As a daughter I would give anything to be able to pick up the phone each week and talk to my mother. I would give anything to be able to ask her about her day and her week. I would give anything to be able to tell her I love her and I am sorry for all the times I didn’t take time to listen to her if only for a few minutes.

The best gift you can give your mother on Mother’s Day is the gift of a call and the promise you will take time to call regularly throughout the year. Ask her about her life and what she is doing. Show an interest in her day-to-day activities. Even in our older age we need someone to be interested in what we are doing. That’s all a mother wants is to be shown a little love and given a little time, even if it is a few minutes on the phone. The next time you think about telling your mom you haven’t called because you are too busy, remember that time waits for no one and there will come a day when you call, and she is no longer able to answer.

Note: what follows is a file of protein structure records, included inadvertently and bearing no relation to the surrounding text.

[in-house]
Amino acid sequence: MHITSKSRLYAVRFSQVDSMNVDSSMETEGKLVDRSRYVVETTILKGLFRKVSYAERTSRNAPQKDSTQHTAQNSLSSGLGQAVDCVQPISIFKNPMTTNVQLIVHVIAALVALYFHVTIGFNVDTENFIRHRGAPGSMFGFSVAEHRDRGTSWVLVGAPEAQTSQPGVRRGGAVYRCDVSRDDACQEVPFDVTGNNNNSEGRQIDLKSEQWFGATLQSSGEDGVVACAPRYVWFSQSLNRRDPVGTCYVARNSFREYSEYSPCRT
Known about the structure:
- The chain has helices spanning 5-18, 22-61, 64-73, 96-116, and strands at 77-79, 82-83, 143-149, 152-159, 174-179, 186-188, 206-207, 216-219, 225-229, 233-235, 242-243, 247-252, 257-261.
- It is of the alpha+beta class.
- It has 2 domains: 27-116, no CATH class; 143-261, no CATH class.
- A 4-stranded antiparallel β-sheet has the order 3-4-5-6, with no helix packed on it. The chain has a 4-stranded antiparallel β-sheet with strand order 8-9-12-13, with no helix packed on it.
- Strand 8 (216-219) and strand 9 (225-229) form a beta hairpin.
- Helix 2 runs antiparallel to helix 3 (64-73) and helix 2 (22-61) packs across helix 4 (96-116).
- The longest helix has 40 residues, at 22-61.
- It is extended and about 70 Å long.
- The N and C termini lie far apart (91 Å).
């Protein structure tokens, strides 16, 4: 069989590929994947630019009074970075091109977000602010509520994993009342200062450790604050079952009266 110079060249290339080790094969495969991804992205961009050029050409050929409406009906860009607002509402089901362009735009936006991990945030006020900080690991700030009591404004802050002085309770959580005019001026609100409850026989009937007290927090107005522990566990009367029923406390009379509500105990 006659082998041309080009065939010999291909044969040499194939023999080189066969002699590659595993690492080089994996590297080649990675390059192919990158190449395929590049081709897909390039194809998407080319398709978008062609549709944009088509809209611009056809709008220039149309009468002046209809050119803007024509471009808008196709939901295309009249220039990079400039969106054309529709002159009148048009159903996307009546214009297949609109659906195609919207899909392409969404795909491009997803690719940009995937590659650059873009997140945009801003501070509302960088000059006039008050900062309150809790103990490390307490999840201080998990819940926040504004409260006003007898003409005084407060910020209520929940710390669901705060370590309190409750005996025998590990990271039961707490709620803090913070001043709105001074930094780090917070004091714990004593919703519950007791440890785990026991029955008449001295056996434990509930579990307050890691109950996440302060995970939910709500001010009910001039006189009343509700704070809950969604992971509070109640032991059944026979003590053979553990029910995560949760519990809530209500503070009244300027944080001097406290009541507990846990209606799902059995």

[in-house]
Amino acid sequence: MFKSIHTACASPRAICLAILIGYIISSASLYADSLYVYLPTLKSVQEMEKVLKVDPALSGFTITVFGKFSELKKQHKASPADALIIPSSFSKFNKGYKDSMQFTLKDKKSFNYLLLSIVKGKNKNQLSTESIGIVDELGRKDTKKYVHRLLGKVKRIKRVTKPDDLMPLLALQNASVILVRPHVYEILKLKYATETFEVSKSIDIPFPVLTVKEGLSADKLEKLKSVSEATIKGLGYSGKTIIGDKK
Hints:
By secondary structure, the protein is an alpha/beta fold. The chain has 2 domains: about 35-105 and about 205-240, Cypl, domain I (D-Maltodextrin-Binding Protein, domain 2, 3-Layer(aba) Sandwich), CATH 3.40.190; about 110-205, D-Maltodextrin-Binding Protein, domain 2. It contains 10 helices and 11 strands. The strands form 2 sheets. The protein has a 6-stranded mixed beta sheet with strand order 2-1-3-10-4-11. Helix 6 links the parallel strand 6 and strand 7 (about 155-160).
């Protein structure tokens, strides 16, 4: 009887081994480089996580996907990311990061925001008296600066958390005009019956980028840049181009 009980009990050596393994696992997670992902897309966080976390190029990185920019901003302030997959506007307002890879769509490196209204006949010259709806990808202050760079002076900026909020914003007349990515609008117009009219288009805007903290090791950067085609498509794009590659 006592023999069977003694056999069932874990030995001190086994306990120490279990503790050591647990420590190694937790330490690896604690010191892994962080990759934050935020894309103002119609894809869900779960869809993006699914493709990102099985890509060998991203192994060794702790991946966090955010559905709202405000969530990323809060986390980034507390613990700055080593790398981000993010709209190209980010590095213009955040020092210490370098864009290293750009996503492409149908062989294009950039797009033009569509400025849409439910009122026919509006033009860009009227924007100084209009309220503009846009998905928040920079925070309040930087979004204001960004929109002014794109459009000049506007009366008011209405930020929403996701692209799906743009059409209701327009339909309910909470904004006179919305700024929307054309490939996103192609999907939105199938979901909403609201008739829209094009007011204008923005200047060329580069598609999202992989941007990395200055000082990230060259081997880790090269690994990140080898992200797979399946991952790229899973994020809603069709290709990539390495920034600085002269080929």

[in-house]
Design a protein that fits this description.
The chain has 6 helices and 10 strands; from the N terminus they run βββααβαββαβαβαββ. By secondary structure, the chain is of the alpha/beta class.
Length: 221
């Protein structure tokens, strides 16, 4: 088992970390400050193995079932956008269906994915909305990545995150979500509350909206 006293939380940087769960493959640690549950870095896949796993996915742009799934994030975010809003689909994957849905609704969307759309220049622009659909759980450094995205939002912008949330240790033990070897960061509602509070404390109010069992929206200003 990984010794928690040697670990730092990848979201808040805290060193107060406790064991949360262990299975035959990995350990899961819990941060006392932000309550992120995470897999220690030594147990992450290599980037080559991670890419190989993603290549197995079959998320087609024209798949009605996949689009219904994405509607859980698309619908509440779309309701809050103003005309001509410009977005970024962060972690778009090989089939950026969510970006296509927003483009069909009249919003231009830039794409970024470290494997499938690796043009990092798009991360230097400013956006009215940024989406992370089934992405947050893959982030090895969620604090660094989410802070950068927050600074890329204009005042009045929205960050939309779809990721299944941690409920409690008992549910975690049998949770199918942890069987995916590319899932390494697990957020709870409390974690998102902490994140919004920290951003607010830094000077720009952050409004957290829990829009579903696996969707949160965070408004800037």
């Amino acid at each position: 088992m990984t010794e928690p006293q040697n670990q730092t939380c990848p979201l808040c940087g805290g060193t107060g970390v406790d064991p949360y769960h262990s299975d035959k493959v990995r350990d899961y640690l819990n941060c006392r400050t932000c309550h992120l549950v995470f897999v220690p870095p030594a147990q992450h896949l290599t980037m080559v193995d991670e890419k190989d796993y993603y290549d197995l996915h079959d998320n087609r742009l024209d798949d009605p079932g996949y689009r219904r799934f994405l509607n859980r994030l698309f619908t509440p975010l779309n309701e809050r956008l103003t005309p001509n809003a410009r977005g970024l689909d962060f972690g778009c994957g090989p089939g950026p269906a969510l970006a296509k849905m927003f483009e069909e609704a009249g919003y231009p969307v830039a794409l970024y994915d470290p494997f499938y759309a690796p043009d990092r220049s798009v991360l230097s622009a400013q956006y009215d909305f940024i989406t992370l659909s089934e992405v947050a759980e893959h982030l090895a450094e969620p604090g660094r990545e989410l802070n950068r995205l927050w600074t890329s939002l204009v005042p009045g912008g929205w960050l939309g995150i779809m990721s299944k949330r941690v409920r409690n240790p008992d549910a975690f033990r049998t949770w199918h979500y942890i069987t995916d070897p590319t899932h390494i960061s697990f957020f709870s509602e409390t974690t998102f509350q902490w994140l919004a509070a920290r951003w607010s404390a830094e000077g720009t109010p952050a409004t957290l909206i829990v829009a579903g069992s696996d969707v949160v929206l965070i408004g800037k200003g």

Happy Mother’s Day to all the mothers out there. I wish you the gift of feeling loved and cherished because you had and have the most important job in the world, that is raising up children in the way they should go.

As I look at my hands and remember my mother’s hands I still feel the love of a touch, the hands on my brow when I was sick, the feel of her hug and the squeeze of her hand giving me assurance. Happy Mother’s Day in heaven, Mom. I love you, and I love the heaven line to talk to you. It is never busy.